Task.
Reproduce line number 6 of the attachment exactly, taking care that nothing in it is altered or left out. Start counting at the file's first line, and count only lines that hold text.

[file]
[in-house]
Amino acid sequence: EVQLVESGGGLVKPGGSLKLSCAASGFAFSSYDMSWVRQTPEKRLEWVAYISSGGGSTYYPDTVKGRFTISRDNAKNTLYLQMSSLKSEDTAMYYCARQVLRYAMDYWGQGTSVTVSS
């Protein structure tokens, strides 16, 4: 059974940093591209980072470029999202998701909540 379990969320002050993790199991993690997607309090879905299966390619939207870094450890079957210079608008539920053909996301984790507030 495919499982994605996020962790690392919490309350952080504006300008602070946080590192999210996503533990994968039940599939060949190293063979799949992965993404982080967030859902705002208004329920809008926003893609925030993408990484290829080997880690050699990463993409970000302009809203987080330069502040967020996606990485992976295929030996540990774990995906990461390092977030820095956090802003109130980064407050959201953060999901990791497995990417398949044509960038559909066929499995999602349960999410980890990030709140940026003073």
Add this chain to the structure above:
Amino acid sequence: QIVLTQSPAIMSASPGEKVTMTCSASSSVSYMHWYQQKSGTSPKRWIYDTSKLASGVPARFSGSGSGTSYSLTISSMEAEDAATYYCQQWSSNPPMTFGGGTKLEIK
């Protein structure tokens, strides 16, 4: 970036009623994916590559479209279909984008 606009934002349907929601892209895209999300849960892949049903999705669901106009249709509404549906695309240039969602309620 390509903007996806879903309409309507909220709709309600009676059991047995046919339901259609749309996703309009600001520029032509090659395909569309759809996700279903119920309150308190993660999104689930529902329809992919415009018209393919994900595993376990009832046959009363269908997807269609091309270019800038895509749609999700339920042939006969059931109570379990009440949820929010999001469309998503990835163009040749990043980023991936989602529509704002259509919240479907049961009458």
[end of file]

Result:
């Protein structure tokens, strides 16, 4: 970036009623994916590559479209279909984008 606009934002349907929601892209895209999300849960892949049903999705669901106009249709509404549906695309240039969602309620 390509903007996806879903309409309507909220709709309600009676059991047995046919339901259609749309996703309009600001520029032509090659395909569309759809996700279903119920309150308190993660999104689930529902329809992919415009018209393919994900595993376990009832046959009363269908997807269609091309270019800038895509749609999700339920042939006969059931109570379990009440949820929010999001469309998503990835163009040749990043980023991936989602529509704002259509919240479907049961009458």